Washington: The US has begun beefing up its sea- and land-based defences in the Persian Gulf to counter any attempt by Iran to close the Strait of Hormuz.
The American forces are also modifying weapons systems on warships so they could be used against Iranian fast-attack boats, as well as shore-launched cruise missiles, the Wall Street Journal reported quoting US defence officials said.
The paper said Pentagon had notified Congress of plans to pre-position new mine-detection and clearing equipment and expand surveillance capabilities in and around the strait, through which 20 percent of world's oil supply passes.
The US moves outline the potential shape of a conflict between Iran and the West: Iran could rapidly mine the strait and use heavily-armed speedboats to attack or ram Western ships trying to clear the waterway. A successful Iranian attack on a US warship could drag America into a larger conflict.
The 'readiness push' is spearheaded by the military's Central Command, which oversees US forces in the Gulf region, after military planners asked for weapons upgrades after reviews exposed "gaps" in the US defence capabilities.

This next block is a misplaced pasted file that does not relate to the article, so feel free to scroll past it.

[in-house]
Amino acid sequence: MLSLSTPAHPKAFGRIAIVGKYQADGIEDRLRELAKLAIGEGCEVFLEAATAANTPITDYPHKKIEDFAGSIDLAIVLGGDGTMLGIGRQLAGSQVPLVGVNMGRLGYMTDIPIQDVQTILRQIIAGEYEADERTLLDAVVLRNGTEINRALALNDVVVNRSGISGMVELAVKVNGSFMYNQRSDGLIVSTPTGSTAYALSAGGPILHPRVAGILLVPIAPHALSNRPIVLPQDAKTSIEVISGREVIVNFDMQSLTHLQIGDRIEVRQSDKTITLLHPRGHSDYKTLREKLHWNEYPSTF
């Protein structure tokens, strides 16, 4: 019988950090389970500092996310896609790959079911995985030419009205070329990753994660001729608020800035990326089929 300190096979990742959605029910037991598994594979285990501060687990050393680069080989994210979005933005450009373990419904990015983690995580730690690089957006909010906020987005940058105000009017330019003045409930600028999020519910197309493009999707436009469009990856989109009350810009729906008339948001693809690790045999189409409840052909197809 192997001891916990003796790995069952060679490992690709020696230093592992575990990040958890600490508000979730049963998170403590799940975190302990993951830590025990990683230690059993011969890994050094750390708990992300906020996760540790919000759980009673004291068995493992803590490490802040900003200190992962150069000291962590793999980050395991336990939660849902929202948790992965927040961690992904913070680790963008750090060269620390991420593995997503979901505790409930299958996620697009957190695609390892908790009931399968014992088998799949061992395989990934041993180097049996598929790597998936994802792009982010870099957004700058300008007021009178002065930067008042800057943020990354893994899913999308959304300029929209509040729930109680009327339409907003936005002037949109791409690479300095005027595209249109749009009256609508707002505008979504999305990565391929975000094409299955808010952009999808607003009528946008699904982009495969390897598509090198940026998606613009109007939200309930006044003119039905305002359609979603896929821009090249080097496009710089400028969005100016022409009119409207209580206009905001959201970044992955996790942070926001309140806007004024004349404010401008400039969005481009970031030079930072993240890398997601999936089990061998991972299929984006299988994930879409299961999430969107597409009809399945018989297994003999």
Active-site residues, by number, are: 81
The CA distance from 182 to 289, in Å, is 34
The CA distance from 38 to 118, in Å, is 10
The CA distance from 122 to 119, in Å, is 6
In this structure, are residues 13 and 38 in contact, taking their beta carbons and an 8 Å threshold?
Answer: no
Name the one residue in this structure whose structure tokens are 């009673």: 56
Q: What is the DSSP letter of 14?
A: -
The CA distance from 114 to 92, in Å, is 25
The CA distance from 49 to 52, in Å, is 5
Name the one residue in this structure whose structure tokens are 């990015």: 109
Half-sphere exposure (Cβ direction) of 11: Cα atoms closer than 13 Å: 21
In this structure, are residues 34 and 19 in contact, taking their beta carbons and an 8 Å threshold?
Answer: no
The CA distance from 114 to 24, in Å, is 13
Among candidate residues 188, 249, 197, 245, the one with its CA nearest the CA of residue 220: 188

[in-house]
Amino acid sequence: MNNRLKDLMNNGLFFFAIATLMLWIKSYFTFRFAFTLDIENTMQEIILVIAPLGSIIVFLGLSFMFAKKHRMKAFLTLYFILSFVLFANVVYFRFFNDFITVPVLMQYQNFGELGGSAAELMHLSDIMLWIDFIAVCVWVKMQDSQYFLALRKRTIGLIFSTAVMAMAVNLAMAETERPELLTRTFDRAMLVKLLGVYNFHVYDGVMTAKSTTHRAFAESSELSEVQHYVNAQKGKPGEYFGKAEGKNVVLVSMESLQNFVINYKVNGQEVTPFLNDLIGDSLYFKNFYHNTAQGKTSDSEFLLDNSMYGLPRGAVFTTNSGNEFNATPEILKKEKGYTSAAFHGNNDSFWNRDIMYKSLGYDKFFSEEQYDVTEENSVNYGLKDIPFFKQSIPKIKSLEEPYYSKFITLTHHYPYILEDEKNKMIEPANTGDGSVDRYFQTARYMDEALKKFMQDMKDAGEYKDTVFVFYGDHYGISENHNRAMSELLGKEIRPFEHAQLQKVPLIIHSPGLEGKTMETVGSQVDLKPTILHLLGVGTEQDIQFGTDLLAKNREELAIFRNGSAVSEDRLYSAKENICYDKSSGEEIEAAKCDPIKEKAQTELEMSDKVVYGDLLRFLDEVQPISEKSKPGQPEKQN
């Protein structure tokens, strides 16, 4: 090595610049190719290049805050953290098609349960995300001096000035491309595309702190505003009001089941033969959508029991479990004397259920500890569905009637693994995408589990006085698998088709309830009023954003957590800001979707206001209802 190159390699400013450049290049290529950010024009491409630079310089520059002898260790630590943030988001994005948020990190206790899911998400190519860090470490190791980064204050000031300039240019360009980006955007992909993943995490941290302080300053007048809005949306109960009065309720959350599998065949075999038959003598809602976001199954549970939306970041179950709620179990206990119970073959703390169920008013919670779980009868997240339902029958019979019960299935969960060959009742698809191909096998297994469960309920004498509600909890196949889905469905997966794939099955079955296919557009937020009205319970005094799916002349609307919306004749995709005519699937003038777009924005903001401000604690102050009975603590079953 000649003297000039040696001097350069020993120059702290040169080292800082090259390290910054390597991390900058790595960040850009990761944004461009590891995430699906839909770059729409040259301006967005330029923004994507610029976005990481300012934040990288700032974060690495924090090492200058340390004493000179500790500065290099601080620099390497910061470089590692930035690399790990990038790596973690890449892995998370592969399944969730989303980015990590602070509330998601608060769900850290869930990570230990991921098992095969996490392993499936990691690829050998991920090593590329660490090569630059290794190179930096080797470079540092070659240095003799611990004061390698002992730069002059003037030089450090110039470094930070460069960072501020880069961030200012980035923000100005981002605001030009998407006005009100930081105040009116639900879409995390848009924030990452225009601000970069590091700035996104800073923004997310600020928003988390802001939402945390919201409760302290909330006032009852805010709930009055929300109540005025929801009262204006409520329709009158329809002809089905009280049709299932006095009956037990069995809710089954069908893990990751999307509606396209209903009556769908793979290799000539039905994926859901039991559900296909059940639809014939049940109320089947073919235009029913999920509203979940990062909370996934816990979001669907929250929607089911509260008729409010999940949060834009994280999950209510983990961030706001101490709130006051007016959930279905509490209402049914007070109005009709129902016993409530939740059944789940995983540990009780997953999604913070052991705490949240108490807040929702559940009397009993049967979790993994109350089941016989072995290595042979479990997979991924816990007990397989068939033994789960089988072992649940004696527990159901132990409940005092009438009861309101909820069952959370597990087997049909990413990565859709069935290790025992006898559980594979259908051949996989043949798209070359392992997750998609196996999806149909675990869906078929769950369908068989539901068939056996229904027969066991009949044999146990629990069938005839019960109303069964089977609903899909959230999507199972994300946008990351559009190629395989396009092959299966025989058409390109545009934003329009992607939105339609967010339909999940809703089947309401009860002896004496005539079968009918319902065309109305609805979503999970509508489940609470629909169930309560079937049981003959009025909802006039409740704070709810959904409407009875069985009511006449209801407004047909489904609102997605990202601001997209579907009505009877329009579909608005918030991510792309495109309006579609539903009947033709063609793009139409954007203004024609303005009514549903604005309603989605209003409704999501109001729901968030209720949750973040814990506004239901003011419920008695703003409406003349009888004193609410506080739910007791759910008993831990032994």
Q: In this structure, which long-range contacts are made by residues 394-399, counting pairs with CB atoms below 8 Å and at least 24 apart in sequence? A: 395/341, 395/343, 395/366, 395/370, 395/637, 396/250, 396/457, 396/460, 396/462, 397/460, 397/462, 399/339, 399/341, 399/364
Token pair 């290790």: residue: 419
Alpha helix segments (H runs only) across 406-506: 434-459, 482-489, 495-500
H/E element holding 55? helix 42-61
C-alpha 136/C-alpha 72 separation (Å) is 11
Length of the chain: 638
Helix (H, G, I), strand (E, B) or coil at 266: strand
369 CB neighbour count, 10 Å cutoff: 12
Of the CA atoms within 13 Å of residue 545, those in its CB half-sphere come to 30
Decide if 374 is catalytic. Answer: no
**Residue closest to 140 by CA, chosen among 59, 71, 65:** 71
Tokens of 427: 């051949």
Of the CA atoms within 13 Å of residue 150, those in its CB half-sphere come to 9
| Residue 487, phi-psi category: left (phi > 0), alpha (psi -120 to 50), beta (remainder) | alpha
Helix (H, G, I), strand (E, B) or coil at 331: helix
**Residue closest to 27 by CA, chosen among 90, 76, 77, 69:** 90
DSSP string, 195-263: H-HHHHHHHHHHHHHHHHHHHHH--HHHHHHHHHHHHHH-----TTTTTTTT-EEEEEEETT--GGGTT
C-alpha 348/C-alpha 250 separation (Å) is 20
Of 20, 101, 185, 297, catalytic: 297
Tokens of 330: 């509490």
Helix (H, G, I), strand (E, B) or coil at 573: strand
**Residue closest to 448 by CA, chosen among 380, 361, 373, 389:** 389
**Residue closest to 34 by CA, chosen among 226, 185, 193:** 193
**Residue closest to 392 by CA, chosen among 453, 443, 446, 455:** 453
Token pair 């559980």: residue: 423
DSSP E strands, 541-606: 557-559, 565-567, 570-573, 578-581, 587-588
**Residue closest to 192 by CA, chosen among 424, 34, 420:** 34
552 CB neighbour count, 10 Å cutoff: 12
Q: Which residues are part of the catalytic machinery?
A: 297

The US build up comes as new suspicions over Iran's nuclear ambitions emerged. In a recent report, the International Atomic Energy Agency said Iran has increased its stockpile of uranium that is enriched beyond the purity level needed for civilian power reactors, and begun producing it under a mountain of rock and soil that some US and Israeli officials say could be immune from attack.
The US is also concerned that Israel, which believes that Tehran will soon be able to assemble a weapon, may choose to strike Iran by this autumn. American officials worry this could provoke retaliation.
First Published: Saturday, February 25, 2012, 13:11